The Commission distinguished Warren Achievement Center, Inc. v. Human Rights Comm'n, 216 Ill. App. 3d 604, 575 N.E.2d 929 (1991), because in Warren the complainant demonstrated that the decision maker was biased against him, and that, combined with the lack of investigation, made the reason for discharge unworthy of belief. In Warren, the complainant was discharged only three hours after the decision maker learned of the harassment allegations, and virtually no investigation took place. Here the Clinic's investigation spanned nearly two months. "Maybe the investigation was not as fair as it could have been, but there is no evidence that it was not carried out in good faith." Accordingly, the Commission found the decision of the ALJ to be clearly against the manifest weight of the evidence.
A. Standard of Review
In Davis v. Human Rights Comm'n, 246 Ill. App. 3d 420, 423, 615 N.E.2d 1376, 1378 (1993), overruled in other part in Cisco Trucking Co. v. Human Rights Comm'n, 274 Ill. App. 3d 72, 76, 653 N.E.2d 986, 990 (1995), quoting Ill. Rev. Stat. 1991, ch. 68, par. 8A-103(E)(2), this court discussed what we said was an "unusual provision" with regard to the standard of review, section 8A-103(E)(2) of the Human Rights Act (Act), which directs that the "'Commission shall adopt the hearing officer's findings of fact if they are not contrary to the manifest weight of the evidence.'" Cf. 735 ILCS 5/3-110 (West 1996); Abrahamson v. Illinois Department of Professional Regulation, 153 Ill. 2d 76, 88, 606 N.E.2d 1111, 1117 (1992) (general rule in administrative review is that agency findings are entitled to deference, even when they differ from those of the hearing officer, and the agency has not had the opportunity to observe the witnesses). We concluded that section 8A-103(E)(2) was of no great significance to us, because "[i]n any proceeding brought for judicial review, the Commission's findings of fact shall be sustained unless the court determines that such findings are contrary to the manifest weight of the evidence." (Emphasis added.) Ill. Rev. Stat. 1991, ch. 68, par. 8-111(A)(2). Accordingly, we concluded that where the findings of the ALJ and the Commission differed, we would give deference to the findings of the Commission.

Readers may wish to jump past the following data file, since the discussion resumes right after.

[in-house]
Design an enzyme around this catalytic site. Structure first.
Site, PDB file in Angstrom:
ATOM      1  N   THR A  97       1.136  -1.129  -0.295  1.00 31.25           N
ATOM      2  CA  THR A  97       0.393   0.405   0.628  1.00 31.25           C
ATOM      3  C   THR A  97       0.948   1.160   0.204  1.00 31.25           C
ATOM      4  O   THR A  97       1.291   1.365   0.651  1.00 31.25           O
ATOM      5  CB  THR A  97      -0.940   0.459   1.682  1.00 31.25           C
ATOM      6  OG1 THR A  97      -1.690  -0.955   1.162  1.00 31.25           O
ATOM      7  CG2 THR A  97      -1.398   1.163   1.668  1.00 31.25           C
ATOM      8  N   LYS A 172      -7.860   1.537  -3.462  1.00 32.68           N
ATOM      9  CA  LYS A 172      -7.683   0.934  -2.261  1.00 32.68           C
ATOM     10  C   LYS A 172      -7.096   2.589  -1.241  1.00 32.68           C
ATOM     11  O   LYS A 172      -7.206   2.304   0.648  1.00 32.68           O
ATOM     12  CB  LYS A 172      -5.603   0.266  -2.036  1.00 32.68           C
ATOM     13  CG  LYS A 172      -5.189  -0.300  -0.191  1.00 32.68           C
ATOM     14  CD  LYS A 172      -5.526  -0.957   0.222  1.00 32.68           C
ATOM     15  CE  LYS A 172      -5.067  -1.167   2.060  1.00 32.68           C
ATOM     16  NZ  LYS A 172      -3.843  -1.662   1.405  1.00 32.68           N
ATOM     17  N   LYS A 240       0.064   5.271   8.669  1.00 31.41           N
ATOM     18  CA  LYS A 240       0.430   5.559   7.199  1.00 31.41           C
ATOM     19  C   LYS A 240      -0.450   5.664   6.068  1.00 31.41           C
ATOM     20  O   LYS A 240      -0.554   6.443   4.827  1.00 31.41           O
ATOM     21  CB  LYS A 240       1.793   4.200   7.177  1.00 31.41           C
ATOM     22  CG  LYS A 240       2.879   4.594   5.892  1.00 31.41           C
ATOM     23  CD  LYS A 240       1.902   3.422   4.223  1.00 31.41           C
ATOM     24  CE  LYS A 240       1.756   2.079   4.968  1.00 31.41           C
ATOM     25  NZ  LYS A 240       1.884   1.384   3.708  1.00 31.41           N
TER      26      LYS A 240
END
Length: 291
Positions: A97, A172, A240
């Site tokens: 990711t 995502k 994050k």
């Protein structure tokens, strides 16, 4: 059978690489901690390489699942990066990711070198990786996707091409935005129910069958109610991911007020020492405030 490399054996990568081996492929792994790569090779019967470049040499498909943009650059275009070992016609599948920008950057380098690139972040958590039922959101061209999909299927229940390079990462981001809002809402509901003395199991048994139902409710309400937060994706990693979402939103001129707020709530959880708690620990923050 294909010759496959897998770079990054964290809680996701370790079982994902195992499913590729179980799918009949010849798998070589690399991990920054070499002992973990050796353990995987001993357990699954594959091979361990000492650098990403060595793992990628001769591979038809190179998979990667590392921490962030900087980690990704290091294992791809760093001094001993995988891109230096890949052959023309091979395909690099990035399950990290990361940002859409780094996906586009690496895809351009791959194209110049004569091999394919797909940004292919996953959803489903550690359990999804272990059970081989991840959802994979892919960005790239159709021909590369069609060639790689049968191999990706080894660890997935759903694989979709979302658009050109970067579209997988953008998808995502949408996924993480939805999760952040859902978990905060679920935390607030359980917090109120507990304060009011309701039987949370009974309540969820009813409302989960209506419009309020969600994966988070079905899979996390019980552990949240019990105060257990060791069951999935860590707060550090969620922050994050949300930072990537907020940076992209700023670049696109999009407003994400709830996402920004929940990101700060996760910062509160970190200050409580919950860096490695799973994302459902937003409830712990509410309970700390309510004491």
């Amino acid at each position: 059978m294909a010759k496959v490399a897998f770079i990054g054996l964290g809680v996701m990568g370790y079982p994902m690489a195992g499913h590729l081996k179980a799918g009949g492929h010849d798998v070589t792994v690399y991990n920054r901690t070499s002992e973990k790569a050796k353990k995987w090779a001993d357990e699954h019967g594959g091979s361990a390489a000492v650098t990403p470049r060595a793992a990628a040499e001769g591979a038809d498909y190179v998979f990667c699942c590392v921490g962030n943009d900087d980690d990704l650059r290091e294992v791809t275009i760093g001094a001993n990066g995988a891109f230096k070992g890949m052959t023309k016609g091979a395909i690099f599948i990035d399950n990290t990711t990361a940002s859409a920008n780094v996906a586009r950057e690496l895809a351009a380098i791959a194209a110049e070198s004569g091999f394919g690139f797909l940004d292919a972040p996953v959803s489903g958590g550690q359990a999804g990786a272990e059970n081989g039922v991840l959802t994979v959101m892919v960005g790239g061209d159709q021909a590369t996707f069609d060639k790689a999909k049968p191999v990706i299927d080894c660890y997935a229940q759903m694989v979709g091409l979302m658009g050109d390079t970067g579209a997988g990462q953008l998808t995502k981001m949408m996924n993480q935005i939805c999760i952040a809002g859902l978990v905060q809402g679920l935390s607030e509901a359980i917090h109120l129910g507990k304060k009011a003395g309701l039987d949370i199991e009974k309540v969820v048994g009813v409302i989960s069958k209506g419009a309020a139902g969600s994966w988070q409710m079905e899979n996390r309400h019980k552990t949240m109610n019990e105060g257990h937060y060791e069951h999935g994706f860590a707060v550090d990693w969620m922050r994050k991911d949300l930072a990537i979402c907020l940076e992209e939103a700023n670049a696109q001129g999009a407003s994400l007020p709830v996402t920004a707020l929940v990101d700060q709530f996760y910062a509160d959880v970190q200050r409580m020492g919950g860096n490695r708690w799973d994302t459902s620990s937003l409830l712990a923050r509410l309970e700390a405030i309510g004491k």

The difficulty with the Davis approach is illustrated by the present case. The Commission here did not make findings of fact that differed from those made by the ALJ; rather, the Commission determined that the ALJ's recommended decision was contrary to the manifest weight of the evidence. We should not assume, when the Commission simply rejects the ALJ's recommended decision, that the Commission has thereby made findings of fact that would support its decision. Effective July 18, 1996, the legislature apparently overturned our interpretation in Davis by changing section 8-111(A)(2) to require deference to "findings of fact made at the administrative level," in place of "the Commission's findings of fact." Pub. Act 89-520, §5, effective July 18, 1996 (1996 Ill. Laws 2167, 2175)). Findings of fact made at the administrative level are those made by the ALJ, except for those which the Commission has found to be contrary to the manifest weight of the evidence. See Schmeier v. Chicago Park District, 301 Ill. App. 3d 17, 30, 703 N.E.2d 396, 404 (1998) (Act's treatment of hearing officer findings different from general rule).